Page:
"Jaka jest twoja odpowiedź?"
Translation:What is your answer?
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Based on my knowledge of Russian and German (not necessarily Polish), I would say that "jaka" is probably a lot like "which" in addition to "how".
In this case, "co" would make less sense, then. Think of it this way:
"Co jest twója odpowiedź?" -- What is your answer? Well, it's an answer. Duh!
"Jaka jest twója odpowiedź?" -- Which (answer) is your answer? Well, my answer is [blah blah blah]....
In other words, the proper response to "co" is to identify what the thing is, and you've already specified that it's an answer. But you want to know which answer, and that information is requested by asking "Jaka?"
i am german, and you can say in german both, how but also what Wie ist deine antwort, was ist deine antwort. so it is again different from polish and english. in polish i think only jaka is correct maybe also która jest twoja opwiedz? but i think jaka is more like what is your question and która as mentioned above in a comment is more like which
Since Jaka is said to be a sort of an "adjectival what" that seems to require an adjective as an answer, does this mean that asking "Jaka jest twoja odpowiedź?" should be answered like, for instance: "good", "bad"? From the comments I've read here, it doesn't seem to be the case, so this sentence may definitely not be an exemplary (most common) way to use Jaka, no?
It is a very basic usage of "jaka", it's just that I've always had problems explaining this particular difference ("co" vs "jaki"). I guess that perhaps "adjectival what" is not the best possible name for it.
I found this old explanation from br0d4, even if there's an exception that I can't think of, this should generally work:
If in English you have "what" on its own (What is this? What do you want? etc.), then it translates to forms of "co" ("co" undergoes declension through cases).
If in English you have "what" and a noun/pronoun (What color do you like? What is your question?), then it translates to forms of "jaki" ("jaki" undergoes declension through cases and genders).
The jaka and twoja suggest odpowiedz is feminine but the word ends in a z (By the way, why is Polish so full of the letter z in its words and why . not content with one z , do you need three in the alphabet?) so I wonder why this word does not appear to be a masculine noun as it ends in a consonant.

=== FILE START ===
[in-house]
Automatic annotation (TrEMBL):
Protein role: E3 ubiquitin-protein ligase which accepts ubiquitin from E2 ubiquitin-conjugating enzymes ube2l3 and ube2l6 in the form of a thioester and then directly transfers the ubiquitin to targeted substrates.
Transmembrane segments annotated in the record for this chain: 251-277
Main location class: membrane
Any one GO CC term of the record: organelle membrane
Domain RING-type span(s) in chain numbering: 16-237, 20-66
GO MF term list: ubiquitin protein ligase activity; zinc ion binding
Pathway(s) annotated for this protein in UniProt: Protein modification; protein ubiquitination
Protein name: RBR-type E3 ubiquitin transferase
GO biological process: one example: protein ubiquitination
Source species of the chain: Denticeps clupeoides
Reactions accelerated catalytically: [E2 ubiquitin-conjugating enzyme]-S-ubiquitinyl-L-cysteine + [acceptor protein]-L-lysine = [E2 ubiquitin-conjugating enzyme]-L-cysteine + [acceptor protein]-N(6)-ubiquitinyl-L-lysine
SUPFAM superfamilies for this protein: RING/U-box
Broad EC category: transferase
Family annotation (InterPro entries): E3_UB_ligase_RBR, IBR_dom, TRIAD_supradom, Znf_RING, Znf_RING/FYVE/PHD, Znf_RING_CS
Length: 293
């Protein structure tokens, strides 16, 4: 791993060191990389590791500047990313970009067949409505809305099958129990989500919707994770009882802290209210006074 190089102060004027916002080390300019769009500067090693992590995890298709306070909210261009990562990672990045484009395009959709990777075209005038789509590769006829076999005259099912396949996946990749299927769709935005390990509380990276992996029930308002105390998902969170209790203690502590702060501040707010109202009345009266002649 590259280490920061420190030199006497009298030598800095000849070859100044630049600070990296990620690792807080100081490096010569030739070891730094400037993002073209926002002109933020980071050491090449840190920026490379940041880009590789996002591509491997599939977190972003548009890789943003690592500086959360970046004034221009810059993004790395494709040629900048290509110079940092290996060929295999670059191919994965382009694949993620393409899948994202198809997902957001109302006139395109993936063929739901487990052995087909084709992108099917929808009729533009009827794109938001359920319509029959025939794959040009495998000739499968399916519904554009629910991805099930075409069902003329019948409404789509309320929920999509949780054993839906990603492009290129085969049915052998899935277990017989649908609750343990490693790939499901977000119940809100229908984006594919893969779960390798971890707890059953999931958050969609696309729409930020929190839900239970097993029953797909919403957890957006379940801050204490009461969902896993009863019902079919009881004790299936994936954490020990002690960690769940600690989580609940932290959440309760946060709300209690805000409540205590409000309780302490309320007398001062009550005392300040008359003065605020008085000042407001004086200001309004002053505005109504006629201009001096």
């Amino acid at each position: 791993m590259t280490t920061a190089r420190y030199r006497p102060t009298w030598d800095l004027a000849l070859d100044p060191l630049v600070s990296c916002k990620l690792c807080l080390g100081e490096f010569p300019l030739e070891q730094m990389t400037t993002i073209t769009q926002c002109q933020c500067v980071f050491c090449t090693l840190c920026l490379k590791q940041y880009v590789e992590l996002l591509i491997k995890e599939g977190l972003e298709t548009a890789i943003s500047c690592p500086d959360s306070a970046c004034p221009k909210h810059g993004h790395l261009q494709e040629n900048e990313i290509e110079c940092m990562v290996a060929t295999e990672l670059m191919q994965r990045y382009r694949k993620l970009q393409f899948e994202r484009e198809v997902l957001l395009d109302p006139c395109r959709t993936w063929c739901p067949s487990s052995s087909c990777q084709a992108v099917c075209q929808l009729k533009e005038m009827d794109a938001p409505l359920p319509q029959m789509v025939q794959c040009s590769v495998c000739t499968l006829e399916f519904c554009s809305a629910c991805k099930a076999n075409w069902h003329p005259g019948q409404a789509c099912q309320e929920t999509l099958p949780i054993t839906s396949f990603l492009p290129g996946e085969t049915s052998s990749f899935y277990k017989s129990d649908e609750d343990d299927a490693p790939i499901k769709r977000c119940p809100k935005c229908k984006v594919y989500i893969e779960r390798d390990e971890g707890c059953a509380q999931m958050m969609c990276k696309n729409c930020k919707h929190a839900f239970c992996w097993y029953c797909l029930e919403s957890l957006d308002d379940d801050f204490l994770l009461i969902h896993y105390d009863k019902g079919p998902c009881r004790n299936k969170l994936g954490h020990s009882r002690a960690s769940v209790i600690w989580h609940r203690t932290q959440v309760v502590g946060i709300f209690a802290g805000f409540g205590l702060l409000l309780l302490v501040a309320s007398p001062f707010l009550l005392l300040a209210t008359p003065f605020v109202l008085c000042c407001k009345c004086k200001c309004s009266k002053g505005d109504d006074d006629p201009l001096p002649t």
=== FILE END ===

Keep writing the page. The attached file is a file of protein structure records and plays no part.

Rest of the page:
They are three different sounds, you wouldn't ask this question if someone centuries ago decided that they should look completely differently ;)
Firstly, there are exceptions to the 'ends with a consonant -> is masculine' rule. For example "mysz" (a mouse) is feminine.
And nouns ending with palatalized letters (ć, ń, ś, ź) are even more unpredictable in terms of their gender. They could be masculine (koń, słoń), they could be feminine (odpowiedź, przyjaźń). But I believe that most abstract concepts ("answer" is an abstract concept) that end with those letters are feminine.
Sorry, no, What is your answer like? doesn't work, or not sensibly.
What is your answer like? My answer is long, pink, fluffy, and rather like a unicorn.
What are his parents? I'm not sure but I think they're either ducks or dentists.
The latter question isn't impossible but would need to be in the context of a conversation about jobs to make sense. Either way, it doesn't mean the same as Jacy są jego rodzice?
a conversation about jobs? interesting. i thought that would still be "who are his parents?", with "what are..." meaning something else
"what is your answer like?" doesn't make much sense as a question, but (as i understand) it does convey a possible meaning of "jaka jest twoja odpowiedź?". just like in english one can dad-jokingly respond to "what is your answer?" with "a sequence of words" (or "well, it's an answer. duh!", as on top of this discussion), in polish one can go "krótka"
yes, i know you don't accept 'technically correct' translations anyway, only those that are 'probable' :(
"What are his parents?" would definitely not translate to "Jacy są". Probably to "Czym są", but then it means they're not people (you'd say "Kim są", so "Who are they" then)...
I guess "what is your answer like" is technically a correct translation, but as you said, not exactly the most probable one ;)